In an effort to enhance transparency and combat illicit financial activities such as money laundering and tax evasion, the Indian Income Tax Act has laid down stringent regulations regarding cash transactions. These rules, aimed at monitoring large cash flows within the economy, are crucial for both individuals and businesses to understand and adhere to. Here’s a detailed exploration of the cash transaction limits and the taxation rules associated with them in India.

Understanding Cash Deposit Limits

Savings Account Regulations

For individuals, the act of depositing cash into savings accounts is monitored closely. When cash deposits reach or exceed INR 10 lakh within a fiscal year, the transaction must be reported to the tax authorities. This measure is designed to prevent untaxed money from entering the financial system unnoticed.

Current Account Considerations

Businesses operating through current accounts face a higher threshold, with a reporting requirement set at INR 50 lakh. This difference acknowledges the larger volume of transactions typically conducted by businesses. It’s critical to note that while these deposits are not immediately taxable, banks are mandated to report any transactions above these limits to the Income Tax Department.

Tax Deductions at Source (TDS) on Withdrawals

Section 194N

This section specifies that cash withdrawals exceeding INR 1 crore within a fiscal year are subject to a 2% TDS. For those who have not filed income tax returns for the past three years, the TDS rate is 2% for withdrawals over INR 20 lakh and 5% for withdrawals exceeding INR 1 crore. Importantly, the deducted TDS can be credited against the taxpayer’s income tax obligations.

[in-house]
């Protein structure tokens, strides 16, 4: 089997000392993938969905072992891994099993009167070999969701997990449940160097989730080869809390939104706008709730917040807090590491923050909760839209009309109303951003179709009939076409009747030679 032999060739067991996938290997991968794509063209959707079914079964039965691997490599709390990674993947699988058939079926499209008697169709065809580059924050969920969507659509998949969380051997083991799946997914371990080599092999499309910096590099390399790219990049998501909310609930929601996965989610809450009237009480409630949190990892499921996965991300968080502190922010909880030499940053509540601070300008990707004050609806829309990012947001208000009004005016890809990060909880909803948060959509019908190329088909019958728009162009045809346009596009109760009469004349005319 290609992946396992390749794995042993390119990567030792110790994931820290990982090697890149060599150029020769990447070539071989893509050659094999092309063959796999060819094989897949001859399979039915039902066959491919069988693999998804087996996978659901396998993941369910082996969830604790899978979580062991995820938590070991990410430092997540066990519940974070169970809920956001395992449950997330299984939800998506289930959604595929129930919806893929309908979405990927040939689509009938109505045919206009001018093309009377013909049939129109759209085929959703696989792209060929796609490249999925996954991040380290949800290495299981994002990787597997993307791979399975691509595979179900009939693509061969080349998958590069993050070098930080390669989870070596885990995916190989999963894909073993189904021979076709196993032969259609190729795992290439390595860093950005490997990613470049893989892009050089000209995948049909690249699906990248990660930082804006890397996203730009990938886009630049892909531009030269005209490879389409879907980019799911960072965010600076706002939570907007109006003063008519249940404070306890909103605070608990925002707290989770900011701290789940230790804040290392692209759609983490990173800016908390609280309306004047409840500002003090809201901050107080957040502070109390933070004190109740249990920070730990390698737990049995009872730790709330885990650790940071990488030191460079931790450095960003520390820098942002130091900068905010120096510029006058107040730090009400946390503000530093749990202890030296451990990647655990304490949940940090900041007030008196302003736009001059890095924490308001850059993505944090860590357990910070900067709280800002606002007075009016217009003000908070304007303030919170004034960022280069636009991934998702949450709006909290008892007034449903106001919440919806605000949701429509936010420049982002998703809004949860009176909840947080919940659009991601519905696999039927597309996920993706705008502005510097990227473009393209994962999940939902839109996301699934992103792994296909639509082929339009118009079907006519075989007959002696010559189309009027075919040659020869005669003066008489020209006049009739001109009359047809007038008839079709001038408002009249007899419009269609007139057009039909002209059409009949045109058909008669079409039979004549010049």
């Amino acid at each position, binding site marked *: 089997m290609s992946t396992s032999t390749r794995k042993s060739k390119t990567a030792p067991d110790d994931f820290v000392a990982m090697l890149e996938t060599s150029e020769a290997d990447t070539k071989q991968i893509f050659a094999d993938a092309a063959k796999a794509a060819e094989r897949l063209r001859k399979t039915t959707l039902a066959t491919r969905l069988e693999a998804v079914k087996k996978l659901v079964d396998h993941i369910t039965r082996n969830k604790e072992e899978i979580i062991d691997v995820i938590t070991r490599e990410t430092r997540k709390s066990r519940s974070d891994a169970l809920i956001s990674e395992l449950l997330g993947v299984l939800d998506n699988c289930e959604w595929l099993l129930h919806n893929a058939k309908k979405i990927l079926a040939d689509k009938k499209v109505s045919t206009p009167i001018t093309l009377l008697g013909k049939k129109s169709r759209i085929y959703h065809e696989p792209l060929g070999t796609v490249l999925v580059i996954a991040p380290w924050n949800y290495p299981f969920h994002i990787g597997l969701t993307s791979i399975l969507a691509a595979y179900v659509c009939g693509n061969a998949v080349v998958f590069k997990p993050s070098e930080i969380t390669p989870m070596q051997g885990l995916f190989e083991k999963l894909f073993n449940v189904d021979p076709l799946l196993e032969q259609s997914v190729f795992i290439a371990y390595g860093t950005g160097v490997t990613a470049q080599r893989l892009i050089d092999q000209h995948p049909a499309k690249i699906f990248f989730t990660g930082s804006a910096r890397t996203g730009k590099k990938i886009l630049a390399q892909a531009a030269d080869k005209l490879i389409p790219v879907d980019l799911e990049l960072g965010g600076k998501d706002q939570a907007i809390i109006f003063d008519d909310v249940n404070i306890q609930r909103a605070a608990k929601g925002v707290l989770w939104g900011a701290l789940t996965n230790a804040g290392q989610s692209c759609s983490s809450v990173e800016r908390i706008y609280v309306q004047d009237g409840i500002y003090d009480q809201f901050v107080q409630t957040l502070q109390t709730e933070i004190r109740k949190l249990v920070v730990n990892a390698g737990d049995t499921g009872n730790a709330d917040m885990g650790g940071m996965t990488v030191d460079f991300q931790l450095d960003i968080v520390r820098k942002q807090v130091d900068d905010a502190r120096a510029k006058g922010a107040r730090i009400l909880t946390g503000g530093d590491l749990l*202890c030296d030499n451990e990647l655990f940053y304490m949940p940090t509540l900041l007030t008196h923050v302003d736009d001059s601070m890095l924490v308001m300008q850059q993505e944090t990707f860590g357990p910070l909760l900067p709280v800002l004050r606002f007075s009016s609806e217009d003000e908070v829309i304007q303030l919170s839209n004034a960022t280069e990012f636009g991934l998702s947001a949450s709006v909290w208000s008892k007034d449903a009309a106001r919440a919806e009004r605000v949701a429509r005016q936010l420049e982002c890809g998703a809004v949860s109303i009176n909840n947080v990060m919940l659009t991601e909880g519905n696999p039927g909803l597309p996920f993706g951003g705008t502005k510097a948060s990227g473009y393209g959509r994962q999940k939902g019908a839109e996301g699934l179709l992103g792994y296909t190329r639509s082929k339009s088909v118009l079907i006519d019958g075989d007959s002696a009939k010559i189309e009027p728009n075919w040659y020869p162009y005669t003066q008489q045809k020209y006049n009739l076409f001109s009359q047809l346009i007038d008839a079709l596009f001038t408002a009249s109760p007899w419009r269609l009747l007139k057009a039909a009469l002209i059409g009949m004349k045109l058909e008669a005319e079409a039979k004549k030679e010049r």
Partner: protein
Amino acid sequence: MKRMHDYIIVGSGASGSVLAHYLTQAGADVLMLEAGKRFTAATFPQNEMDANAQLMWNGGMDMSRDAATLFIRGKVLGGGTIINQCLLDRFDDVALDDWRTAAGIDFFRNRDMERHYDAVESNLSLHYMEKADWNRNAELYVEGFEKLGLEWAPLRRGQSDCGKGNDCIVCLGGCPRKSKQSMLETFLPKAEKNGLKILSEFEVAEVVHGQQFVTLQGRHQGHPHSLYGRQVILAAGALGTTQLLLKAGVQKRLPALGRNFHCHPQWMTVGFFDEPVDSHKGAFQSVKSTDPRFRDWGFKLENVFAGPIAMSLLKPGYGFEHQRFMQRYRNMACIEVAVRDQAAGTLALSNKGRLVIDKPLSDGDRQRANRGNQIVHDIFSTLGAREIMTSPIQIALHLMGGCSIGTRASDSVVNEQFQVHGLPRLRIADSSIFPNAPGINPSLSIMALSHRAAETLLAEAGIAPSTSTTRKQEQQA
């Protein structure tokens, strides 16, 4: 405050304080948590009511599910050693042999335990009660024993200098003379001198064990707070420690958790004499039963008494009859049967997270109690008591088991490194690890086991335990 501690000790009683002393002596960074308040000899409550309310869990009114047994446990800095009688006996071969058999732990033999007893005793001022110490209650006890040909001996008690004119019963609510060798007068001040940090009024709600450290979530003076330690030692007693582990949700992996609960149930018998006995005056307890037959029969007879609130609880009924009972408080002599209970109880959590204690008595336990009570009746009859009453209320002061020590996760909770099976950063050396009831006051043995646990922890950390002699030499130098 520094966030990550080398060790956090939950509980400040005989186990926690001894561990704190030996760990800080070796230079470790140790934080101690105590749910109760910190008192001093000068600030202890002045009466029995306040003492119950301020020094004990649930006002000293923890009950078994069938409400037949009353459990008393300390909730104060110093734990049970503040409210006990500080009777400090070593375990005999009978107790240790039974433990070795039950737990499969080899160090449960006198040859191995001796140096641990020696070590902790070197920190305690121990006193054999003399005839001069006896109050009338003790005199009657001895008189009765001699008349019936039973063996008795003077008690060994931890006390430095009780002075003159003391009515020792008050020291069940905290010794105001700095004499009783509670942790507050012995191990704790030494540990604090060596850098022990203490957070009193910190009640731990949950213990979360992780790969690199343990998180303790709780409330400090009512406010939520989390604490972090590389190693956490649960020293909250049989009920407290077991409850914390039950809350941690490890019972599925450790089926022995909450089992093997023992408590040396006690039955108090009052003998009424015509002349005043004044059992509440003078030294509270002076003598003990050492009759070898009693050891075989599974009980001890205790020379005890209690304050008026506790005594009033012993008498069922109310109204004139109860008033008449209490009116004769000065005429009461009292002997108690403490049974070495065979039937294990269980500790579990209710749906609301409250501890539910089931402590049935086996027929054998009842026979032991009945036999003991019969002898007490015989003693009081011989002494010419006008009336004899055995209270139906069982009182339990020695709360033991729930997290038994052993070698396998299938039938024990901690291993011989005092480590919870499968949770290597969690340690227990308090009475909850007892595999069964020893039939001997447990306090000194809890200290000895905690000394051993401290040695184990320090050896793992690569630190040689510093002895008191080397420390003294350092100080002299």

Cash Transaction Restrictions

Sections 269ST, 269SS, and 269T

  • Section 269ST imposes penalties for receiving INR 2 lakh or more in cash in a single transaction or related transactions within a year. This is apart from TDS on bank withdrawals exceeding set limits.
  • Sections 269SS and 269T deal with cash loans, stating that accepting or repaying loans in cash over INR 20,000 could result in penalties equal to the loan amount.

Taxation of Cash Deposits

Financial institutions play a pivotal role in ensuring compliance with these regulations by reporting significant cash deposits to the authorities. It’s also vital for individuals and businesses to be mindful of Sections 44AD/44ADA when declaring business turnover to avoid unnecessary penalties.

Additional Cash Transaction Limits

Beyond savings and current accounts, there are specific limits for other transactions:

  • Cash Deposit Limit in Current Account: Varies by bank but is generally higher to accommodate business needs.
  • Cash Withdrawal Limit: Aimed at preventing illegal activities by ensuring large withdrawals are reported.
  • Cash Gift Limit: Regulates the amount of cash gifts one can give or receive without attracting taxes.
  • Fixed Deposit Limit: Dictates the maximum amount that can be deposited in a fixed deposit account.
  • Credit Card Bill Payment Limit: Imposes restrictions on the amount that can be paid in cash towards credit card bills.
  • Real Estate Transactions Limit: Enforces limits on cash payments in real estate transactions to promote transparency.

Real Estate Specifics

For real estate transactions, it’s illegal to purchase property entirely in cash if the amount exceeds INR 20,000. This regulation is part of a broader effort to clamp down on black money in the sector. However, it’s permissible to record cash payments in the sale deed, provided they do not surpass this limit.

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